Book Review: Revisiting “The Hobbit” After All These Years

I’ve been “there and back” quite a few times in my life, as I dove into The Hobbit and cheered on little Bilbo Baggins. But it has been more years than I care to count since I cracked it open. Still, I knew my youngest son would enjoy the adventure, and sure enough, in just a few weeks of read-aloud, we ended the story with Bilbo alive (not dead, as his relatives would like), sitting and smoking his pipe into old age. (And we know Bilbo makes a quick re-appearance with The Fellowship of the Ring before Frodo goes off on his own epic adventure).

So, does the story hold up?

Well, yeah, it surely does. My son and I had many conversations about the story, and he kept peppering me with questions about The Lord of Rings series, which I danced around on tiptoes (Gollum? The ring? Gandalf?) so as not to give too much away for when we shift into that trilogy (which may be soon enough. I used to have two sets of The Lord of Rings and both are missing, given away to book fairs, perhaps. Time for another visit to the library …)

The story really does have the perfect arc of narrative. I hate to reduce a story to its plot outline, but gosh, Tolkien’s story is full of exposition, rising action, climax, falling action, and resolution. You’d think he had been a teacher. Wait! He was. I know this is often a criticism of The Hobbit — its predictable nature — but reading it aloud to someone who knows almost nothing about the stories that will be unfolding ahead was pure magic for me. I was shifting back in that time, too, with my son, remembering when I first discovered The Hobbit somehow or another (it may have been my mother, who was always pressing books into my hand) and how deeply I became engulfed in the story.

Yes, I enjoyed The Hobbit all over again.

Peace (in the comfy hole in the ground),

PS — as a side note, as I was in the midst of reading The Hobbit with my son, I started noticing three or four of my students had also chosen it for their independent reading, which led to more conversations in class. Interesting convergence … or some magic, perhaps?



Diagramming Sports Plays as Visual/Information Literacy


The writing prompt I had for my students yesterday tapped into their energy and enthusiasm around our game of Quidditch. They had to design, diagram, name and then explain in writing a “secret” play for their team. I’ve done versions of this prompt before, but this year, I had on the back of my mind a great video by Bee Foster around the literacies of diagramming out sports plays over at the National Writing Project’s Digital Is site. (The video — Football Plays — is part of a larger resource by Bee around Redefining Text.)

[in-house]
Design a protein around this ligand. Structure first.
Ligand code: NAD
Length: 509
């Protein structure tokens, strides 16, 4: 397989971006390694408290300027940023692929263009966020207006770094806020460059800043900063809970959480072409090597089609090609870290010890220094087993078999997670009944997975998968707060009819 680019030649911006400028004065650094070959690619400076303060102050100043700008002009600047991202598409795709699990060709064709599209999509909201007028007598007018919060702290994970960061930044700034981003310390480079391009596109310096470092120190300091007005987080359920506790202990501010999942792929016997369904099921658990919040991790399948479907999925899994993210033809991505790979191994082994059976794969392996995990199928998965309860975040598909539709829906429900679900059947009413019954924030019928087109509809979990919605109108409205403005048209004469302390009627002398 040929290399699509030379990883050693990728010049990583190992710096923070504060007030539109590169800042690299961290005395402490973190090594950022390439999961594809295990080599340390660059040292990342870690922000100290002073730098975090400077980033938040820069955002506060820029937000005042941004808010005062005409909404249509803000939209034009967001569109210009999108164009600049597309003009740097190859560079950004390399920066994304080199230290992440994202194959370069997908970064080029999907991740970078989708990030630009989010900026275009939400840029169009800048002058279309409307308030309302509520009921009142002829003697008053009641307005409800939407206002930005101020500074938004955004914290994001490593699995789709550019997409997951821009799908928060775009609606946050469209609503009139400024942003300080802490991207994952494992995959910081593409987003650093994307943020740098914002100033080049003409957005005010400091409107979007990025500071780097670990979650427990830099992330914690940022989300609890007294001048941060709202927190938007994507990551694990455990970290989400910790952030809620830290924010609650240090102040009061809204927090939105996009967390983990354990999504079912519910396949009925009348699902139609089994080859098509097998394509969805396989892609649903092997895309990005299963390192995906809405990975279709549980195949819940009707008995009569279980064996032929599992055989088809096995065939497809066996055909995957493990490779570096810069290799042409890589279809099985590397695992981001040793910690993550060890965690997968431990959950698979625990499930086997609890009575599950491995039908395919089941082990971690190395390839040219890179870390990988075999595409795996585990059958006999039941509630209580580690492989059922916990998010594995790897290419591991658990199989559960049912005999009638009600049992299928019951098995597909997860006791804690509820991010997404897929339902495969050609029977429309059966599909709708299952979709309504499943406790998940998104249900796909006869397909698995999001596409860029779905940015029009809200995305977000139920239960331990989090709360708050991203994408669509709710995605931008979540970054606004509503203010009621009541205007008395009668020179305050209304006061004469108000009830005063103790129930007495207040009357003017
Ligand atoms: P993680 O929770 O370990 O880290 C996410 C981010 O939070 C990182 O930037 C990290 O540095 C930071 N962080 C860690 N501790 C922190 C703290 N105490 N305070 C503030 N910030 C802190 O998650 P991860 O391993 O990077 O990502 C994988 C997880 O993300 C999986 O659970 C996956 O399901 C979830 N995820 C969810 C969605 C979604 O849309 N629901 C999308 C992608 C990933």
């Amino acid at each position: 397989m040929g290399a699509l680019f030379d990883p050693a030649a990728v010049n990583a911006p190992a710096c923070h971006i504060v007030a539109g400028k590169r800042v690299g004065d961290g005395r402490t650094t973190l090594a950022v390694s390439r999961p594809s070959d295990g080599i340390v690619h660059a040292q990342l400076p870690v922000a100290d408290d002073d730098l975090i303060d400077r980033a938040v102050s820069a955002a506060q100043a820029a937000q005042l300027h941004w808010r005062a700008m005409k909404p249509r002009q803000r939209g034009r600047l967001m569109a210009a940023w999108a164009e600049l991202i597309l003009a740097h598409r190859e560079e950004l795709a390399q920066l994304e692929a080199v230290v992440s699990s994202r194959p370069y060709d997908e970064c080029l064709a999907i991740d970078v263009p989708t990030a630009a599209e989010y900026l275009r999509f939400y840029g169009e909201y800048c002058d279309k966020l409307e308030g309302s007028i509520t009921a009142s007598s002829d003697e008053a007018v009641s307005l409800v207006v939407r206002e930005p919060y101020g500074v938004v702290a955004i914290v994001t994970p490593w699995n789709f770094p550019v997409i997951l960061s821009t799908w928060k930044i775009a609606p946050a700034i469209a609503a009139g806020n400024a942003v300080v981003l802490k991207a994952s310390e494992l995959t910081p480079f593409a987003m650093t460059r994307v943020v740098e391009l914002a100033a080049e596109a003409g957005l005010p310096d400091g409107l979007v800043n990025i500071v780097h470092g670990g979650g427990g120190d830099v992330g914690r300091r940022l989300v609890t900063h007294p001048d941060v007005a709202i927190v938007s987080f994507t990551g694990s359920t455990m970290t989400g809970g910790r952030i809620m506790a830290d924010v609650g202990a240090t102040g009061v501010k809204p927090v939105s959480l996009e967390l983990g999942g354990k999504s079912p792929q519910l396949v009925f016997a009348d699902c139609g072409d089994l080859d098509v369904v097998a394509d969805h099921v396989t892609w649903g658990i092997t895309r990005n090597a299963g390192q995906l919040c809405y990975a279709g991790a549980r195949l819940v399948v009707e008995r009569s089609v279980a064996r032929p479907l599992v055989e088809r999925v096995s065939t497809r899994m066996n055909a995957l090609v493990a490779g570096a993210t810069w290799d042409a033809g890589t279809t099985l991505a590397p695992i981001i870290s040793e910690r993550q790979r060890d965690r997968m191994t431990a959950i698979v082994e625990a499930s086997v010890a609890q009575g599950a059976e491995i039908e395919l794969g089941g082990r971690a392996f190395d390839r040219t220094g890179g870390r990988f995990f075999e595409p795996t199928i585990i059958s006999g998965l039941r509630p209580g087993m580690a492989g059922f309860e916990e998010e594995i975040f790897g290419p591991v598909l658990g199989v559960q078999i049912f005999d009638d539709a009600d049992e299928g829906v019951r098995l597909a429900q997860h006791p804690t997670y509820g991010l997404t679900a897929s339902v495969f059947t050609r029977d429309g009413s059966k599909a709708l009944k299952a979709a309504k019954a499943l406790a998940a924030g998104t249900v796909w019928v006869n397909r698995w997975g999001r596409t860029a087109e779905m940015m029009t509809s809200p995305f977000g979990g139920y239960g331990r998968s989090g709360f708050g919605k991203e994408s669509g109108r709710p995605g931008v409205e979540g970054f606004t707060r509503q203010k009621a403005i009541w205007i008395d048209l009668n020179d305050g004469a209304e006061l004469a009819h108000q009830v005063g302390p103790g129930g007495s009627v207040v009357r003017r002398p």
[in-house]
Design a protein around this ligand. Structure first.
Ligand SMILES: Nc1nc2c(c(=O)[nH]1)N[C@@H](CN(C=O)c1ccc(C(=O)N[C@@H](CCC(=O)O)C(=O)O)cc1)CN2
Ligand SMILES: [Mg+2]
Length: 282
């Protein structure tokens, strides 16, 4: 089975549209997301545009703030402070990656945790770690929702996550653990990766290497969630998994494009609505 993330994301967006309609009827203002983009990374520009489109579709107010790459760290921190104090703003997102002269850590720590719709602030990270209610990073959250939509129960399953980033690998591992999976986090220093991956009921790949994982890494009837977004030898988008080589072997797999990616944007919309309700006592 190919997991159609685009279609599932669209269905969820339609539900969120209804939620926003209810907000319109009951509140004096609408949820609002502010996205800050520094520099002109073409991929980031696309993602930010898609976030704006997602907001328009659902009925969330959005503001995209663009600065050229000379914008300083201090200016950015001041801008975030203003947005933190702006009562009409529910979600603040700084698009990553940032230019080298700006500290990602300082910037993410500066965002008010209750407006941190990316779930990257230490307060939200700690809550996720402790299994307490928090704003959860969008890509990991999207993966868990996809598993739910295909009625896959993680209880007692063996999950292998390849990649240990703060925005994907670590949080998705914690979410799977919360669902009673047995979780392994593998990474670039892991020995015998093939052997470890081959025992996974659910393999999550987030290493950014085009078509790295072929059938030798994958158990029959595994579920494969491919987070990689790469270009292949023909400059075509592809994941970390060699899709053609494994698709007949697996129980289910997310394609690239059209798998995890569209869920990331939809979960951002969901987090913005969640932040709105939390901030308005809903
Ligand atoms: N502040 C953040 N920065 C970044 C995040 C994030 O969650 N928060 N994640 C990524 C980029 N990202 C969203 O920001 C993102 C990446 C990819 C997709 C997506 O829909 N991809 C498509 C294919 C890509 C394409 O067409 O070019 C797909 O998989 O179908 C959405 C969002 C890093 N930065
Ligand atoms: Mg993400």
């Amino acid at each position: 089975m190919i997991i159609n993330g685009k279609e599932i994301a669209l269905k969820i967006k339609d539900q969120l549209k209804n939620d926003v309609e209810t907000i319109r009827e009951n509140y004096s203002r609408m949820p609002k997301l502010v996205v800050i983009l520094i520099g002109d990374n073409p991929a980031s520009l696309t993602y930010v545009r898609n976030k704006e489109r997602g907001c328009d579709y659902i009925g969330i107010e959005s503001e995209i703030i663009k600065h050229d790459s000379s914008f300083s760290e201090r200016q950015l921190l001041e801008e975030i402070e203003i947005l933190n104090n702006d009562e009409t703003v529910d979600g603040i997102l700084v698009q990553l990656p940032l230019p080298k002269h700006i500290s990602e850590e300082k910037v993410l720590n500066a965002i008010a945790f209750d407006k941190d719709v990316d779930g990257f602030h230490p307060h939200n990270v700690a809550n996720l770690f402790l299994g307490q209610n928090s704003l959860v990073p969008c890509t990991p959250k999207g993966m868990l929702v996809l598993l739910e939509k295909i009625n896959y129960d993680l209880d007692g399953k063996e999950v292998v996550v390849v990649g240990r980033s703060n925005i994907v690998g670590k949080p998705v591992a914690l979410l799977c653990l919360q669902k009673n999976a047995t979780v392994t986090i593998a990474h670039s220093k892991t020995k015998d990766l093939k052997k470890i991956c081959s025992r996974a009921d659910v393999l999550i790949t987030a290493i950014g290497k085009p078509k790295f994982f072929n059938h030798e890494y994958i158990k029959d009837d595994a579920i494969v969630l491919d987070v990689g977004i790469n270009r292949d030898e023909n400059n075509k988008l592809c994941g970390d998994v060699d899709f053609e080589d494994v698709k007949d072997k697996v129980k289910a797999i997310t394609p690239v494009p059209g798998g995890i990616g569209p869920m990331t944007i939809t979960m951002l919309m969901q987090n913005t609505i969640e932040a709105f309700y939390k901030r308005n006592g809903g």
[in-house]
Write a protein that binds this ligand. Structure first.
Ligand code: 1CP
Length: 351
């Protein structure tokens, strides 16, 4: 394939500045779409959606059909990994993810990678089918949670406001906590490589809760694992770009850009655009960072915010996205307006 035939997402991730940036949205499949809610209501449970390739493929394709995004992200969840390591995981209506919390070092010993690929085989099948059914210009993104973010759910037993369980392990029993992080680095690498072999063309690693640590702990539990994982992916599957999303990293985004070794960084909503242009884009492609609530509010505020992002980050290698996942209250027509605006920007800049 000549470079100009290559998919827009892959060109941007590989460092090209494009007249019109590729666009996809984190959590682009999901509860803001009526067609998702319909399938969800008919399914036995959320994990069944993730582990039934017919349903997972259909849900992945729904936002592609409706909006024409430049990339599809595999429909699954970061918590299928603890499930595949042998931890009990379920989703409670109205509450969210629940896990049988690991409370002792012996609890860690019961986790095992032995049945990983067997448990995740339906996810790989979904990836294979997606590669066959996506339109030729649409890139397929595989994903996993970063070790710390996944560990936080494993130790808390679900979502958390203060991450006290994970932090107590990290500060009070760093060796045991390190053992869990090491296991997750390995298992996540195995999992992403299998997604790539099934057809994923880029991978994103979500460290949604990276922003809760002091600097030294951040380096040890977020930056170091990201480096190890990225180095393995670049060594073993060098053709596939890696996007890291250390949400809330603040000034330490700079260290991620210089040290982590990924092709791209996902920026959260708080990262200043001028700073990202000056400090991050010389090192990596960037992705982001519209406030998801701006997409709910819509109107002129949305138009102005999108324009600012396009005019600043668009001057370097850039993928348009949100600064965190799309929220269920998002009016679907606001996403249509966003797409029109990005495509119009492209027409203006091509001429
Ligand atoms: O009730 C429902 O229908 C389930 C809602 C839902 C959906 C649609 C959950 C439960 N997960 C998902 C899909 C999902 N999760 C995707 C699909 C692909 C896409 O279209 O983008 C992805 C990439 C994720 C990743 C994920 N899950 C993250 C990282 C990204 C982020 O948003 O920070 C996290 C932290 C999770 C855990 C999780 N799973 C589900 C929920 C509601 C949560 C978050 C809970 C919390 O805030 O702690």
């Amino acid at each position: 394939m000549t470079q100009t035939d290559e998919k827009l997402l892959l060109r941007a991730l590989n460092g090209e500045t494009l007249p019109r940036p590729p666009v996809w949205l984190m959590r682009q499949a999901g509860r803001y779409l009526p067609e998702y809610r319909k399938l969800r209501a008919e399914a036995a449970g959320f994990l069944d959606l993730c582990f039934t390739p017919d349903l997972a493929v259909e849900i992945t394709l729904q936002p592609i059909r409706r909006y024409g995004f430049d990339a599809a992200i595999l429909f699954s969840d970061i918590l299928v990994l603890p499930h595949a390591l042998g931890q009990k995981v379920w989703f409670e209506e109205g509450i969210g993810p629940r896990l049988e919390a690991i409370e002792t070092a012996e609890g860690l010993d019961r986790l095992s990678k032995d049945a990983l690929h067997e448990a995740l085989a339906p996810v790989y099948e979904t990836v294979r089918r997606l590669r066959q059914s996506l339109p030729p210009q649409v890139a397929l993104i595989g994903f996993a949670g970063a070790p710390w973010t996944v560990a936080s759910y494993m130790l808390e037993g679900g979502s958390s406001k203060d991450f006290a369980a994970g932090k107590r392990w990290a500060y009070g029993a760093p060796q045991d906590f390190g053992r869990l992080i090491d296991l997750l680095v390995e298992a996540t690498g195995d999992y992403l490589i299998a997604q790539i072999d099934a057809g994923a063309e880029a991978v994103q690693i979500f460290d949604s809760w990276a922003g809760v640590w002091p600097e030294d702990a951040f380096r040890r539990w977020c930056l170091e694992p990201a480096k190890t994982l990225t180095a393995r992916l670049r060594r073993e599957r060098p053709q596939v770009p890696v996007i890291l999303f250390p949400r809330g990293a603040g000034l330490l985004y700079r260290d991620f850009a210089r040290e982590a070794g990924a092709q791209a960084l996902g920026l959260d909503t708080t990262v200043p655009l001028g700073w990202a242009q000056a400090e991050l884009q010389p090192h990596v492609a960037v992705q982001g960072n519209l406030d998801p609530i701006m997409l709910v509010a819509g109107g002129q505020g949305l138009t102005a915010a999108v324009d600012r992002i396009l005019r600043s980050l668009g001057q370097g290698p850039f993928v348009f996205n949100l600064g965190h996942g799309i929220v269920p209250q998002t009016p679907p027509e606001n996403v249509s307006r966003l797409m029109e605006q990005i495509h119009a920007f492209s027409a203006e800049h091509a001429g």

And this year, I had my interactive board, so after about 25 minutes of writing and drawing and creating, I turned the class over to my students and let them come up to the board, one at a time, and not only visually share their play, but also explain it in a sort of impromptu “how to” session in front of the class. It was pretty fascinating to watch, and I had Bee’s ideas running through my head about the learning that was going on around visual design, movement on a page, expository writing, public speaking and more.


The code for positions are:

  • K: Keeper (goalie)
  • CH: Chaser
  • SK: Seeker
  • B: Beater
  • SL: Sidelines

The dotted lines indicate movement of player and the solid lines show passing of the quaffle among the chasers and keepers, or the bludger among the beaters. Got that? (if not, check out our Quidditch Tutorial video).

Peace (on the field),


Inspired Poetry with Bud the Teacher

I’m starting to write some poetry this month with Bud Hunt (aka Bud the Teacher). Bud, a friend of mine through the National Writing Project, is posting visual prompts each day, and he asks that we consider a poem inspired by the image, and his short bit of writing. What I have always liked about Bud’s poetry prompts (this is maybe the third year?) is how open the direction can be. It’s always cool to see how other people take the idea embedded in the image, and push it around in different ways.

I did write a poem yesterday, but it wasn’t anything too special.

This morning, he had an interesting image and description about water, and what I think is a pebble or rock. (I’m not quite sure but that’s OK. I saw it as I see it, and used what I think I saw.) I also added a podcast of the poem I wrote, using Cinch.

The pebble drops –
I fall with it
splashing, crashing into surface tension
as my outline echoes from the center
on out.
If I could, I would surf this surface viscosity forever,
and never let me fall
but gravity has other ideas –
family, and school, and the whole wealth of obligations
that keep me grounded day in and day out –
so I drop, the pebble,
twisting and turning until I hit the bottom
and wait.

You come, too. Each morning, Bud will be posting an image and inviting you to write a few lines of poetry.

Peace (in the poems),


The Stickman Quidditch Video

Each year, as we approach our annual Quidditch Tournament, a member of our staff works on a video that will get burned into a DVD for all of our sixth graders. Until this year, he has had a group of fifth graders come around and interview us classroom teachers, asking a set series of questions. We, in turn, would come beforehand with nutty answers, spoofing the whole interview process. This year, he wanted to try something new and asked us to create a short video, of any kind.
I decided to try a stopmotion video with Pivot Stickfigure and a few images from my class (We are the blue team: Permafrost). Here’s what I came up with, using the first part of a Quidditch song that I wrote and recorded a few years ago:

Peace (on the stick),